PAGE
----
Country Music News

By PENNY NELSON BARTHOLOMEW, United Press International  |  March 15, 2002 at 4:30 AM
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(Fri., March 15)

Carl Smith was born in 1927.

Elvis Presley's drummer D.J. Fontana was born in 1931.

Banjo player Raymond Fairchild was born in 1939.

Flatt and Scruggs released "Foggy Mountain Breakdown" in 1950.

Hank Thompson's first No.1 single, "Wild Side Of Life," made its chart debut in 1952.

Col. Tom Parker became Elvis Presley's personal manager in 1956.

Elvis Presley was drafted into the U.S. Army in 1958.

Roger Miller won six Grammys, giving him a total of 11 in two years, in 1966.

The Opry's final Friday night performance at the Ryman Auditorium was held in 1974.

Barbara Mandrell was named All-Around Female Entertainer by the People's Choice Awards in 1987.

Anne Murray's "A Little Good News" album was certified gold in 1985.

Bill Monroe's final performance on the Friday Night Opry was in 1996.


(Sat., March 16)

Buddy Starcher was born in 1910.

Jerry Jeff Walker was born in 1942.

Shug Fisher, a one-time member of the Sons of Pioneers, died in 1943.

Grandpa Jones debuted on the Grand Ole Opry in 1946.

Ray Benson, founder of Asleep at the Wheel, was born in 1951.

Tim O'Brien was born in 1954.

Stan Thorn, keyboard player with Shenandoah, was born in 1959.

Ronnie McCoury, mandolin player for the Del McCoury Band, was born in 1967.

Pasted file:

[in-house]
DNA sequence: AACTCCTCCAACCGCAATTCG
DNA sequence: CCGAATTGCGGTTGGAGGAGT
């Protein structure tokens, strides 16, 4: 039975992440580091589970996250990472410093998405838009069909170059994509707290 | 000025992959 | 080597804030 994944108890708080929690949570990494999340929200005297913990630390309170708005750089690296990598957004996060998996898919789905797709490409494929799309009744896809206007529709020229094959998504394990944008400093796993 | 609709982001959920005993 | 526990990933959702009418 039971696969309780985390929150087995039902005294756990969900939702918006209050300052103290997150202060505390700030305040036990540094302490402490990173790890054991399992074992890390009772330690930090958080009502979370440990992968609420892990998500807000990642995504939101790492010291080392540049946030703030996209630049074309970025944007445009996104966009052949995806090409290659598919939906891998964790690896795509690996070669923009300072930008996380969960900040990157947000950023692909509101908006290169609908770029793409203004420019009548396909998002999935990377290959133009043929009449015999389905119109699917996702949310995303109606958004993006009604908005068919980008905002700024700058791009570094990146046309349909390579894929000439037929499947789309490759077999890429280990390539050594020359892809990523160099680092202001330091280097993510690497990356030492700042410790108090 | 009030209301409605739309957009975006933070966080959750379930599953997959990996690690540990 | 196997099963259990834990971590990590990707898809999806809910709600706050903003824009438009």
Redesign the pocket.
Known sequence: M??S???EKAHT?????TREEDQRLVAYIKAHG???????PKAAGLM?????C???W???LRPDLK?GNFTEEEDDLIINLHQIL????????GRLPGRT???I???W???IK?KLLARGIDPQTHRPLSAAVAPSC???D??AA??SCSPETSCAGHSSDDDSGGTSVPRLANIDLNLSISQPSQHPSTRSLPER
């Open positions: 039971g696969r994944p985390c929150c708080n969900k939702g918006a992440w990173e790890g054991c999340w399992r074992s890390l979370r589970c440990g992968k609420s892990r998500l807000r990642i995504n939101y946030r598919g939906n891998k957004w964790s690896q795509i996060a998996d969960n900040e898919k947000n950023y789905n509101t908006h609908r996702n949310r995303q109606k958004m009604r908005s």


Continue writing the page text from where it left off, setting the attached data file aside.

The Grand Ole Opry held its first show in the new Opry house at Opryland USA in 1974. In the audience -- President Nixon.

George Strait's "Ocean Front Property" album was certified gold in 1987.

Seven members of Reba McEntire's band were killed in a plane crash in Southern California in 1991.

(Sun., March 17)

Lily May Ledford was born in 1917.

Dick Curless was born in 1932.

Susie Allanson was born in 1952.

Paul Overstreet was born in 1955.

Hugh Farr, an original member of the Sons of the Pioneers, died in 1980.

Eddy Raven's first No.1 single, "I Got Mexico," made its chart debut in 1984.

Jimmy Gately died at age 53 in 1985.

Anne Murray's "Country" album was certified gold in 1987.

Songwriter Terry Stafford ("Amarillo by Morning") died in 1996.

Filming began on the first motion picture ever shot inside Graceland in 1997. It starred Harvey Keitel as a man who claims to be Elvis Presley and Bridget Fonda as a Marilyn Monroe impersonator.



Toby Keith and Brooks & Dunn top the list of nominees for the 37th annual Academy of Country Music Awards, with six nods each, reports. The nomination were announced Thursday in Los Angeles.